When we decided to adopt, the Vietnamese Boat people were very much in the news. While the needs of the thousands fleeing Vietnam after the war with the U.S. were immense and immediate, our exposure to land claims issues involving First Nations in British Columbia and with Project North in the McKenzie Valley Pipeline inquiry led us to wonder if the need was not greater for First Nations children in Canada.
Although we knew our images of reserve life were riddled with stereotype, we also knew that, at the time, many reserves were struggling with issues of addiction and abuse. We hoped to provide at least one child with a loving and safe home, with broad educational opportunities, safe from the prevalence of addiction and abuse that too often resulted in jail. (Aboriginal adults continue to be overrepresented in admissions to provincial/territorial correctional services, as they accounted for one-quarter (25%) of admissions in 2014/2015 while representing about 3% of the Canadian adult population)
Now and then a sad smile, mixed with tears, appears on my face, a silent acknowledgement that the arc of Caleb’s life touched almost every point from which we thought we could provide protection.
It is difficult not to feel some sense of guilt over the things with which Caleb has had to deal.
Should we have protected him more? Created a tighter cocoon? Not allowed playmates outside the family? To what extent did our divorce contribute to his challenges?
I remember the anger I used to feel when, in the juvenile system, the legal aid lawyer, who only met Caleb moments before the hearing, would stand and create the image of a poor young man from a broken home, lost and just needing some support. I wanted to stand and shout that all of us who love Caleb - and there are many - work very hard and have made significant sacrifices to love and support our children and to build a nurturing family. But I didn’t. The professionals and the system never had time for nuance.
One part of me knows it is pure fantasy to think that if we had been better able to create the perfect Ozzie and Harriet, Brady Bunch or Huxtable scenario then everyone would have turned out without significant emotional, spiritual or personality issues. Certainly, I could have/should have been more skilled.
But I was not, we could not, and our movie did not follow a predictable script.
Much of the time Caleb was happy with his sisters, but there were moments. Early on we noticed that Caleb exhibited signs of knowing too much about some sexual behaviours. Combined with other signs we tried counselling, many times. He would become so angry or withdrawn during those sessions. So, even though we had suspicions we would never find a way to explore of talk about what was rumbling within him.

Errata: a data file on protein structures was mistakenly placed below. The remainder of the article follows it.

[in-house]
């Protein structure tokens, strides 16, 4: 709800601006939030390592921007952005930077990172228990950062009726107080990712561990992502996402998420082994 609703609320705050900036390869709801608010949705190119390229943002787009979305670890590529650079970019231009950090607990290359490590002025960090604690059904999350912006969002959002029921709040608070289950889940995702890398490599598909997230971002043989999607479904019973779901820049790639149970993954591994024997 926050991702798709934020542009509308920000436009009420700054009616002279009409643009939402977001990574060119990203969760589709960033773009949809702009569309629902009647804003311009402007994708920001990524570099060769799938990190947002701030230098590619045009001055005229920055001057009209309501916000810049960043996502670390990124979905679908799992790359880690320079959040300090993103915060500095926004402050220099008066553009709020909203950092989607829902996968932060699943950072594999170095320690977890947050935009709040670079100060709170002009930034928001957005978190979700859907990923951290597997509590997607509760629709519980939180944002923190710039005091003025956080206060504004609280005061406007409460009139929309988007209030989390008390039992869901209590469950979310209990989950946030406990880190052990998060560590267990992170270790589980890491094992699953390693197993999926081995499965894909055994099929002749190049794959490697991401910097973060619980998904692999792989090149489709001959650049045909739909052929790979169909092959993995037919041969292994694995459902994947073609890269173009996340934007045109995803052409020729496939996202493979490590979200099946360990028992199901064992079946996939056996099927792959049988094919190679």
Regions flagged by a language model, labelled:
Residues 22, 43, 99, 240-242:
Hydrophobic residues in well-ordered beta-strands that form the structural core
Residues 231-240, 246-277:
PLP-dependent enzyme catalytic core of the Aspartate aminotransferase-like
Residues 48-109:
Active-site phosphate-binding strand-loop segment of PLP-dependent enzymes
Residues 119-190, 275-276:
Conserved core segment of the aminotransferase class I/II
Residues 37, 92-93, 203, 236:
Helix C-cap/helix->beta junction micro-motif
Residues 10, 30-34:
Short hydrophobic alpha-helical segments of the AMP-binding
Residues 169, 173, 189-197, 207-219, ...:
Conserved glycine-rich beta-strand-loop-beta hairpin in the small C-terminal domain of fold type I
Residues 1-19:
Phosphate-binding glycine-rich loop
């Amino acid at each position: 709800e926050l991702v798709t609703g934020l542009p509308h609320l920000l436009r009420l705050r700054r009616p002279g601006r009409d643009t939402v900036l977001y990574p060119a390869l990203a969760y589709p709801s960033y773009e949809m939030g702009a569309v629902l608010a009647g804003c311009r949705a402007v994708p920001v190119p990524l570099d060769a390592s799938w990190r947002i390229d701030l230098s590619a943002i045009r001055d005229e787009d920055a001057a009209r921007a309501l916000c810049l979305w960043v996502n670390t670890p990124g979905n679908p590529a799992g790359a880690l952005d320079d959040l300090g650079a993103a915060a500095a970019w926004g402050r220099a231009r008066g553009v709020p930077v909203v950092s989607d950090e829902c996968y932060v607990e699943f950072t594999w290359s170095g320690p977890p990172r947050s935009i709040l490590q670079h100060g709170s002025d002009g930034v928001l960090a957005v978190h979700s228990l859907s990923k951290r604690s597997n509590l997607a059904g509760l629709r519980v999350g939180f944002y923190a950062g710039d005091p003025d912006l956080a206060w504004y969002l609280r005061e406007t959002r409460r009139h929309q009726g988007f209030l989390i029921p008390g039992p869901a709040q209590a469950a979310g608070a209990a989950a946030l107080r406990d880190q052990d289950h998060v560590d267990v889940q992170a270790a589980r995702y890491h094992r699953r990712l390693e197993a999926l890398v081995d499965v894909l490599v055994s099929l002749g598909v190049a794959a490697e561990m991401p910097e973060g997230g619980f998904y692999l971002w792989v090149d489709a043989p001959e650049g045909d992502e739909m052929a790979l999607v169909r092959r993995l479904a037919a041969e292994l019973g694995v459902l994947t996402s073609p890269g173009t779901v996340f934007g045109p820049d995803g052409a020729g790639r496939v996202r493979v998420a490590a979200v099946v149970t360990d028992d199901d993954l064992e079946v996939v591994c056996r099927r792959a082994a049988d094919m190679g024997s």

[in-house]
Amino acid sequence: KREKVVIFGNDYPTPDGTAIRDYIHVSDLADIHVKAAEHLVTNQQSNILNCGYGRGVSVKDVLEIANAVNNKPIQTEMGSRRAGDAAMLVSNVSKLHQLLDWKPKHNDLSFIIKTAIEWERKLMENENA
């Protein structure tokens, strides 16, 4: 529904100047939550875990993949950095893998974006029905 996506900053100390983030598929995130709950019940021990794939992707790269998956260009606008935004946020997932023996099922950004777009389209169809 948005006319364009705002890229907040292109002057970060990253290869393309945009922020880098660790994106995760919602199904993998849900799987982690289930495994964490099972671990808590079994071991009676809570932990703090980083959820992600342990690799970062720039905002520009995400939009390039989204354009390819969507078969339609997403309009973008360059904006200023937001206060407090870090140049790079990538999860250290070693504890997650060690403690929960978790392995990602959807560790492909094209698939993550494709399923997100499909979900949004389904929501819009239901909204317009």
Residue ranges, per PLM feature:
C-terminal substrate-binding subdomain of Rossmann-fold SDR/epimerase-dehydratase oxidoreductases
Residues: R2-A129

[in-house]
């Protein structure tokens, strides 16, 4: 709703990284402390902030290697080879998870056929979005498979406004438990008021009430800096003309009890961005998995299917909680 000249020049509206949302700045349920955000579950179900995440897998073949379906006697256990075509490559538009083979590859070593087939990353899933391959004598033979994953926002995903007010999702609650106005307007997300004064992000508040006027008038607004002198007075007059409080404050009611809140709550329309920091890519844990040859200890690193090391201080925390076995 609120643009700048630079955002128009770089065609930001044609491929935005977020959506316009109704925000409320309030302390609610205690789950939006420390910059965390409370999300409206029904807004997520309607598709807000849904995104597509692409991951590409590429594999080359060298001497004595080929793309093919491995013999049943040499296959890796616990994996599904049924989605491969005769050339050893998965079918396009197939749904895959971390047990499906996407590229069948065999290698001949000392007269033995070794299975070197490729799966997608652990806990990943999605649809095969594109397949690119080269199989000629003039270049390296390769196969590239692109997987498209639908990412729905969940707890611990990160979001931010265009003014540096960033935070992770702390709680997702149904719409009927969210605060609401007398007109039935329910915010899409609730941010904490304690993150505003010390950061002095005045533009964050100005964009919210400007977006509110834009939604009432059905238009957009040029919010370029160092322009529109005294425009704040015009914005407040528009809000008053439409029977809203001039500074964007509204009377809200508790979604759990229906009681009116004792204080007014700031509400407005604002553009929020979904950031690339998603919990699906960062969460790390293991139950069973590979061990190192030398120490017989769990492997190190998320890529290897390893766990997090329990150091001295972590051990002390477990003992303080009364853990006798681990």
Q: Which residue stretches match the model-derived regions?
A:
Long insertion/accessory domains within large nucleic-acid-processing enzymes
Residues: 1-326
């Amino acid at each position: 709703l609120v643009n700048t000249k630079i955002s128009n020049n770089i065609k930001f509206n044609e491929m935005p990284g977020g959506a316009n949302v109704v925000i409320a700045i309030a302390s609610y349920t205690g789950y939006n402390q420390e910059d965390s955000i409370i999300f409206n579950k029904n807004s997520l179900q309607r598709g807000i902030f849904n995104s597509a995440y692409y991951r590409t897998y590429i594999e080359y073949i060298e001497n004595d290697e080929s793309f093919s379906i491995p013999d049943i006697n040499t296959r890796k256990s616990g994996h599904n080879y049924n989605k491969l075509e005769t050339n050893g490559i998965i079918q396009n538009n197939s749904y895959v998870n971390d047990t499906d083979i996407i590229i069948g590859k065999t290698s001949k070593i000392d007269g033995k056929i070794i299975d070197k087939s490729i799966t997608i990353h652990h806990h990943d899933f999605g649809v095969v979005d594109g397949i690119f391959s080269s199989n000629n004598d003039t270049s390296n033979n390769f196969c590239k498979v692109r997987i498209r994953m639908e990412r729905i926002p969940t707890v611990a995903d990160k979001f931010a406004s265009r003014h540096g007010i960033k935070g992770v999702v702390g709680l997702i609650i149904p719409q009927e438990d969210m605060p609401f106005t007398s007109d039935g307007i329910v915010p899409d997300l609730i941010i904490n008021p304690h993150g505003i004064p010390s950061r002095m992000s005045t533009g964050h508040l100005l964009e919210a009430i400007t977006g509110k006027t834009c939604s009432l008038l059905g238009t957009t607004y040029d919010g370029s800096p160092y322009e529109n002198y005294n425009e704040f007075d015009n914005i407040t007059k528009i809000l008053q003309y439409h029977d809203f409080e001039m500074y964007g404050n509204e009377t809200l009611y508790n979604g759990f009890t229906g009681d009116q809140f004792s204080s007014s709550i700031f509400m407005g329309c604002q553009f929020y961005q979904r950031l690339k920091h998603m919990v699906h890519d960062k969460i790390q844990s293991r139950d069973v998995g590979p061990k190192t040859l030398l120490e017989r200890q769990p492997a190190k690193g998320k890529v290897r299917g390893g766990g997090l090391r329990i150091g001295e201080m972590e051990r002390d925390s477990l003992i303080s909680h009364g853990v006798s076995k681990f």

So, how to love him?
By and large, the operating principle was to treat all five children in the family the same. Of course, such a principle of equality is false and impossible when raising five very different and gifted children. But you have to start somewhere.
Opportunities were not a problem. If one had a bicycle they all, eventually, did.
We all went on holiday together. The kids could choose extracurricular activities that interested them. On Hallowe’en, they would all get one big chocolate egg and the same number of small eggs. At Christmas, we developed a spreadsheet to ensure each received approximately an equal amount. (We still do.) They all received something new in September to start school and at Easter. They all took at least one year of piano lessons.
We identified and affirmed their unique gifts. In whatever way we could imagine, we tried to convey what was obvious to us - they were the most amazing children on the globe.
Boundaries were harder than providing affirmation and opportunity. How much anger and stealing could be tolerated from Caleb and not the others?
Every child had special interests - swimming, dance, soccer and track - but Caleb rejected almost all. We could not find anything in which he seemed to take both delight and show talent even though, to all observers, he was bright and capable.
Those who work with people grappling with issues of addiction and abuse will sometimes say that people will only deal with such things when they are ready. That may be true but waiting for that time defines agony, watching the self-inflicted destruction and pain to others. Terror hardly describes those periods of wondering, in all seriousness, whether he will live long enough and have a functioning brain left. The realization that, if something drastic does not change very soon, the odds are not in his favour feels worse than terrible.
I count as a miracle that he and I are even writing these blogs. And I am grateful.